It began an as amateur’s dream and transformed into a professional reality. In 2010 Andrew Kojima, ubiquitously nicknamed Koj, watched a MasterChef final performed in India. Inspired by his love of cooking and the allure of travel he abandoned his existing world of fund management to pursue a career as a chef. Koj applied to participate in MasterChef 2012, the entry process was a few basic questions online but during that year of 2011 they had 24,000 entries, thus a 3 month interval ensued before telephone interviews were realised and finally face to face interviews, when the surviving applicants had to submit dishes. Applicants were assessed not only for culinary potential but for their ability to cope with a competitive and pressurized TV situation. Koj’s original clear gazpacho (an idea derived from Raymond Blanc) and his genial temperament won him a place in the competition. Koj’s finalist 3 course meal consisted of a pork, lobster and strawberry starter salad, a main dish of lamb with miso and aubergines followed by a panacotta pudding infused with roast acorns. The judges did not appreciate the strawberry element and Koj came second. The kudos of this result fast tracked him into the celebrity kitchens of Gordon Ramsay, Michel Roux and Heston Blumenthal. He found the restaurant world massively competitive but a close fraternity, open to the pollination of new ideas, after various experiences in Michelin starred French, British, international and pastry kitchens, Koj went solo.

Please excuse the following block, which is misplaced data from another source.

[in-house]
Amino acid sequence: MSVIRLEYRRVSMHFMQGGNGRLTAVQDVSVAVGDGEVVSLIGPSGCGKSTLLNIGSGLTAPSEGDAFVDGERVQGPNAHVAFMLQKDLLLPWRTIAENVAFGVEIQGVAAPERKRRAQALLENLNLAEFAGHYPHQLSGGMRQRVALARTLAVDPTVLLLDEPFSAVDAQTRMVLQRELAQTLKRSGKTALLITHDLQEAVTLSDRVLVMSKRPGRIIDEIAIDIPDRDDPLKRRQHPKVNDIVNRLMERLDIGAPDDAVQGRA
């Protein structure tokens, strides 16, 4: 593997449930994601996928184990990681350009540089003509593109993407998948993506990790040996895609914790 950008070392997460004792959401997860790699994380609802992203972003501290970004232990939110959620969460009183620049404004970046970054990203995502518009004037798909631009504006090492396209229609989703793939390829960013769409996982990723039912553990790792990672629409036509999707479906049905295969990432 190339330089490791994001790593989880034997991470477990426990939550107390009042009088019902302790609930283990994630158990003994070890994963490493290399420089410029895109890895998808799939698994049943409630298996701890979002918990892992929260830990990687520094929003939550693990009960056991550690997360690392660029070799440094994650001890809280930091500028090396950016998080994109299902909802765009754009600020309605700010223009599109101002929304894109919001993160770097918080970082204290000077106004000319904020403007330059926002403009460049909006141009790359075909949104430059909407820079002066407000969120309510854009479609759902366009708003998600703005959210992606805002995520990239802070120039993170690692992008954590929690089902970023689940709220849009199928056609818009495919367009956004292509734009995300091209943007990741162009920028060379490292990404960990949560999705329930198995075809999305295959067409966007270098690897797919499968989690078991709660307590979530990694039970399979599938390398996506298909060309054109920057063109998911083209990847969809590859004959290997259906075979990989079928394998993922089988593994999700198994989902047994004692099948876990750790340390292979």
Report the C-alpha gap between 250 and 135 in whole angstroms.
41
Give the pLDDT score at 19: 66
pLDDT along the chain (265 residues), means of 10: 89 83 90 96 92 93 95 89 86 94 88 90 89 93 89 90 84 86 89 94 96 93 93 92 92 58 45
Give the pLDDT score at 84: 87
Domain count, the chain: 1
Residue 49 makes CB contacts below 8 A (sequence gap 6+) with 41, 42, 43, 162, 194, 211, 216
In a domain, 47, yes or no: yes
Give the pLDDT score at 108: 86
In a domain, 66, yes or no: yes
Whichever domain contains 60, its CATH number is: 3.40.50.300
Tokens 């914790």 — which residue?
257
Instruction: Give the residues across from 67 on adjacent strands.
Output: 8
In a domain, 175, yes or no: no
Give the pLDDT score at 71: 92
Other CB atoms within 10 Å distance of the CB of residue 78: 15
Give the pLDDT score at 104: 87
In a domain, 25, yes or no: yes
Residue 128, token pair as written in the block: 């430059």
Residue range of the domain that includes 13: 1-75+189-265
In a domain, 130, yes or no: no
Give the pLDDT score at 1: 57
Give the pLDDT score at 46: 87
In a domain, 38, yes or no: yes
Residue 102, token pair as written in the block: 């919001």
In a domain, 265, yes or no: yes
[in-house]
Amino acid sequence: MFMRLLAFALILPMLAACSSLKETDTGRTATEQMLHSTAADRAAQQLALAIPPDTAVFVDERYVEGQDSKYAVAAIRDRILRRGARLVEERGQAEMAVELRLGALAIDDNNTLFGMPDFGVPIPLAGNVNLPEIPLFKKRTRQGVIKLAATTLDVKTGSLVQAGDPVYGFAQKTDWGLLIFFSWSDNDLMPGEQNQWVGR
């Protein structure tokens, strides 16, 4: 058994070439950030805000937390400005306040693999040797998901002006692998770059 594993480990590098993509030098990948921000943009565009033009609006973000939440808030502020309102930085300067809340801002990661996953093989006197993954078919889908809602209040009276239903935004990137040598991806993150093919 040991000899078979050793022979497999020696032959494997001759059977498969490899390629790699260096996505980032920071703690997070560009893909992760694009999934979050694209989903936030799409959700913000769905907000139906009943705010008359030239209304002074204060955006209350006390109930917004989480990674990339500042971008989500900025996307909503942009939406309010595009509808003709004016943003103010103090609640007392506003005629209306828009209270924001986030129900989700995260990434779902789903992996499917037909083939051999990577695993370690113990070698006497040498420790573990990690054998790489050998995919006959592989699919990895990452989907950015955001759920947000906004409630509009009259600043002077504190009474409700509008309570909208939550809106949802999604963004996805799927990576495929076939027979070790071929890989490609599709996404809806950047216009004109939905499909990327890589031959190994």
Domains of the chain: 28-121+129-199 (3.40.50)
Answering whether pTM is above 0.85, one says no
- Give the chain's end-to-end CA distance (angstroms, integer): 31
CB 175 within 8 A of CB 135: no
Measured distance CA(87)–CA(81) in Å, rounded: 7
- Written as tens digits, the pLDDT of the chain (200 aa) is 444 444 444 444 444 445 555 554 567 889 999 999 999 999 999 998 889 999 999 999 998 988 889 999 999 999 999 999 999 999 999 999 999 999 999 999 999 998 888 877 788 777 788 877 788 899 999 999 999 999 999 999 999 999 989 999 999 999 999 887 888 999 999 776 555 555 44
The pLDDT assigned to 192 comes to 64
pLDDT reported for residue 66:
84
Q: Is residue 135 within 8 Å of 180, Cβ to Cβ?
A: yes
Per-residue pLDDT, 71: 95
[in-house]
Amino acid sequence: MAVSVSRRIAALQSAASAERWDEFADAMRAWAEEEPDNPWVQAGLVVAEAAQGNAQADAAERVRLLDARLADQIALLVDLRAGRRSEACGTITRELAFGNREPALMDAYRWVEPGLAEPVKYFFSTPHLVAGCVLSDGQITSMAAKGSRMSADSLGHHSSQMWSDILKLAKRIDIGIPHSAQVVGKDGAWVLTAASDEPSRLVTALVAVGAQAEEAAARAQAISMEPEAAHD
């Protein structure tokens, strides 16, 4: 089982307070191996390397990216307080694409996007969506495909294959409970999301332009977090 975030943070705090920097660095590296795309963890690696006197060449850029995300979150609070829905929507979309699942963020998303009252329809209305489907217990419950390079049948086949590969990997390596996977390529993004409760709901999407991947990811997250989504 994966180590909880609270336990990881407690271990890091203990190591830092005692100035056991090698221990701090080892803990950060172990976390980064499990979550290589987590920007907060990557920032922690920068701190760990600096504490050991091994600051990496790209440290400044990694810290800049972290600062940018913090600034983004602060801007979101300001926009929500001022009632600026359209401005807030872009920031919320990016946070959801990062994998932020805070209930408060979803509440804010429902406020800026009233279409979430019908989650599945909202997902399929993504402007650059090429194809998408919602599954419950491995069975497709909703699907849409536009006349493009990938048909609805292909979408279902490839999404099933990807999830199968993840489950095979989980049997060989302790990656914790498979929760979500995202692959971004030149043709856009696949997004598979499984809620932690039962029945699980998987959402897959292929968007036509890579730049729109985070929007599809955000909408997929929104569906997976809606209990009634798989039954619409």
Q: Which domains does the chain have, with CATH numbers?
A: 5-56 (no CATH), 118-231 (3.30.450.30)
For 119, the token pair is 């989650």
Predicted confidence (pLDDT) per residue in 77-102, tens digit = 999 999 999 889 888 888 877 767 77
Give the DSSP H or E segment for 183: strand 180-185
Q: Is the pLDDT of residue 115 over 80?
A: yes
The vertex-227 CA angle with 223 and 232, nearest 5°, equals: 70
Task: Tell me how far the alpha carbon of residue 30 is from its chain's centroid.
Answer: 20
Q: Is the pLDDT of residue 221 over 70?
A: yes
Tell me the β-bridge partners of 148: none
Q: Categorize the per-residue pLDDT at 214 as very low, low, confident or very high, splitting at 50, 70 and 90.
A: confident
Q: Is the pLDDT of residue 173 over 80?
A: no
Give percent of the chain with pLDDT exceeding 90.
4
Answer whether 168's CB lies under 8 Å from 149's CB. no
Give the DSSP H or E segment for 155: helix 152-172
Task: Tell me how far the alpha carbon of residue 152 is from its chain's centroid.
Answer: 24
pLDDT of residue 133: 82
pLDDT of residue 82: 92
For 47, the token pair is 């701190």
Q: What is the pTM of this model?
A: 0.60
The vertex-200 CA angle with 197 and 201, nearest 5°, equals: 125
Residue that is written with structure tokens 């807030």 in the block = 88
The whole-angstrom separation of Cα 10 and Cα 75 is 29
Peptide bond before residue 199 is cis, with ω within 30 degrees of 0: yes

Koj is inquisitive about how Japanese cooking traditions and techniques have evolved. He reckons Japan has only been carnivorous for about 200 years as previously a nation of devoted Buddhists.
Suddenly Koj’s wife, a surgeon, was transferred by the NHS from London to the shires, it was big step for a young family to move from the city. Koj had never lacked for creative business ideas, he studied Classics at Oxford and his complexion and wonderfully black eyes bear testimony to his heritage, half Japanese on his father’ side and Scottish on his mother’s side. Following the recognition of “Washoku”, the hereditary mysteries and savoir fair of Japanese cuisine, by UNESCO as an “Intangible Cultural Heritage” asset in 2013, Koj rebranded himself as a Japanese influenced freelance chef, food writer and cookery teacher. Now veritably a master chef, his clientele is un-exaggeratedly diverse, with many from the horse racing set including 2013 Sportsman of the Year jockey A.P. McCoy and HM The Queen, actor Eddie Redmayne, supermodels and Indian magnates.
Koj is inquisitive about how Japanese cooking traditions and techniques have evolved. He reckons Japan have only been carnivorous for about 200 years as previously a nation of devoted Buddhists. Like most national cuisines Washoku is up for controversial C21st re-interpretation; Koj sees as “Tonkatsu” is basically an Austrian schnitzel adapted to local tastes and “California Rolls” are an innovation to attract the western consumer.
Today Koj’s ambitions are expanding, he is looking for an urban restaurant location, where he can make familiar Japanese tastes and flavours compatible with western style dishes; accordingly when this reporter met Koj he had just been topping up his larder with truffle products to concoct dishes that combine European truffles with Japanese noodles, wagyu beef and shitake mushrooms.